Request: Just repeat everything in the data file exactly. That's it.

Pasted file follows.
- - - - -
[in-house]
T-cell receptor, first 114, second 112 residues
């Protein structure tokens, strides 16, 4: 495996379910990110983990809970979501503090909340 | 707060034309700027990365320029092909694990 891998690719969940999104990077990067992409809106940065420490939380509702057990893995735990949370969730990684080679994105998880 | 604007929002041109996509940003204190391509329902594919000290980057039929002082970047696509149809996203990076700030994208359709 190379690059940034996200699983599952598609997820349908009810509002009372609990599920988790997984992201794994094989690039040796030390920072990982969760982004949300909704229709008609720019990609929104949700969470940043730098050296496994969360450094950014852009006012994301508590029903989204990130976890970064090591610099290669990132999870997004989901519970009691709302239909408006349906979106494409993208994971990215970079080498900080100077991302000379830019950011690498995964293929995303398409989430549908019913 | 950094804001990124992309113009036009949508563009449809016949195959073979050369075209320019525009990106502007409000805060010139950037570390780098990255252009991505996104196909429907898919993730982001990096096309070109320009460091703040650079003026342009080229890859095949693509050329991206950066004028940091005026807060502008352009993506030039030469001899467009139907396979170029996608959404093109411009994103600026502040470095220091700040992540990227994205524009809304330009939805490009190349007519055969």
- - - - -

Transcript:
[in-house]
T-cell receptor, first 114, second 112 residues
């Protein structure tokens, strides 16, 4: 495996379910990110983990809970979501503090909340 | 707060034309700027990365320029092909694990 891998690719969940999104990077990067992409809106940065420490939380509702057990893995735990949370969730990684080679994105998880 | 604007929002041109996509940003204190391509329902594919000290980057039929002082970047696509149809996203990076700030994208359709 190379690059940034996200699983599952598609997820349908009810509002009372609990599920988790997984992201794994094989690039040796030390920072990982969760982004949300909704229709008609720019990609929104949700969470940043730098050296496994969360450094950014852009006012994301508590029903989204990130976890970064090591610099290669990132999870997004989901519970009691709302239909408006349906979106494409993208994971990215970079080498900080100077991302000379830019950011690498995964293929995303398409989430549908019913 | 950094804001990124992309113009036009949508563009449809016949195959073979050369075209320019525009990106502007409000805060010139950037570390780098990255252009991505996104196909429907898919993730982001990096096309070109320009460091703040650079003026342009080229890859095949693509050329991206950066004028940091005026807060502008352009993506030039030469001899467009139907396979170029996608959404093109411009994103600026502040470095220091700040992540990227994205524009809304330009939805490009190349007519055969």